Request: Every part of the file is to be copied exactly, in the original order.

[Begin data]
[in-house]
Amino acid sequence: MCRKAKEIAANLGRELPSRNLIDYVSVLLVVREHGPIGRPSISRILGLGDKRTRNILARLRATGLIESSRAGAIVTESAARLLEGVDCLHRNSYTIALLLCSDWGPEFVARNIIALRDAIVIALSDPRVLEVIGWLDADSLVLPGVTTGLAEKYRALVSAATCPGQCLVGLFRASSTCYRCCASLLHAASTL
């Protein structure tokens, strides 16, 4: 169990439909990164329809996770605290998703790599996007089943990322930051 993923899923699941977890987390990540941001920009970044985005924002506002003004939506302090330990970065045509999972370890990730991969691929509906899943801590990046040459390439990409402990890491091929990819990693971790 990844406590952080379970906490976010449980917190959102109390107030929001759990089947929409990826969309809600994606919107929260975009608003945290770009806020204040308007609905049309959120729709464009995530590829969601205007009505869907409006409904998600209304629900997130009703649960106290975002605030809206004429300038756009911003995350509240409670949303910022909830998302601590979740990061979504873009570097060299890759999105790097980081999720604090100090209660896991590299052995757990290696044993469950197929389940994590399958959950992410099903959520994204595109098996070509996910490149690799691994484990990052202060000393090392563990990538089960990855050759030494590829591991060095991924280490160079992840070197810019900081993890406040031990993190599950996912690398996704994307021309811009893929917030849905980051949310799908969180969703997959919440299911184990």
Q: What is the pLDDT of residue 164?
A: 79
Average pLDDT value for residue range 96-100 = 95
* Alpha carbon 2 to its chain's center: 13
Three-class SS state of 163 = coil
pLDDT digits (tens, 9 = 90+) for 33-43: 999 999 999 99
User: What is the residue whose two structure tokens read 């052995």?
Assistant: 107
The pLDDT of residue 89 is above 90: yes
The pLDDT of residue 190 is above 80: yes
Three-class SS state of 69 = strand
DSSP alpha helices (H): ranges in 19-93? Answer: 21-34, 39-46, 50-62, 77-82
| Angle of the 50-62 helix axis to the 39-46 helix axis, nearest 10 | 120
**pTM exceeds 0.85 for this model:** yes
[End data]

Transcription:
[in-house]
Amino acid sequence: MCRKAKEIAANLGRELPSRNLIDYVSVLLVVREHGPIGRPSISRILGLGDKRTRNILARLRATGLIESSRAGAIVTESAARLLEGVDCLHRNSYTIALLLCSDWGPEFVARNIIALRDAIVIALSDPRVLEVIGWLDADSLVLPGVTTGLAEKYRALVSAATCPGQCLVGLFRASSTCYRCCASLLHAASTL
């Protein structure tokens, strides 16, 4: 169990439909990164329809996770605290998703790599996007089943990322930051 993923899923699941977890987390990540941001920009970044985005924002506002003004939506302090330990970065045509999972370890990730991969691929509906899943801590990046040459390439990409402990890491091929990819990693971790 990844406590952080379970906490976010449980917190959102109390107030929001759990089947929409990826969309809600994606919107929260975009608003945290770009806020204040308007609905049309959120729709464009995530590829969601205007009505869907409006409904998600209304629900997130009703649960106290975002605030809206004429300038756009911003995350509240409670949303910022909830998302601590979740990061979504873009570097060299890759999105790097980081999720604090100090209660896991590299052995757990290696044993469950197929389940994590399958959950992410099903959520994204595109098996070509996910490149690799691994484990990052202060000393090392563990990538089960990855050759030494590829591991060095991924280490160079992840070197810019900081993890406040031990993190599950996912690398996704994307021309811009893929917030849905980051949310799908969180969703997959919440299911184990």
Q: What is the pLDDT of residue 164?
A: 79
Average pLDDT value for residue range 96-100 = 95
* Alpha carbon 2 to its chain's center: 13
Three-class SS state of 163 = coil
pLDDT digits (tens, 9 = 90+) for 33-43: 999 999 999 99
User: What is the residue whose two structure tokens read 């052995």?
Assistant: 107
The pLDDT of residue 89 is above 90: yes
The pLDDT of residue 190 is above 80: yes
Three-class SS state of 69 = strand
DSSP alpha helices (H): ranges in 19-93? Answer: 21-34, 39-46, 50-62, 77-82
| Angle of the 50-62 helix axis to the 39-46 helix axis, nearest 10 | 120
**pTM exceeds 0.85 for this model:** yes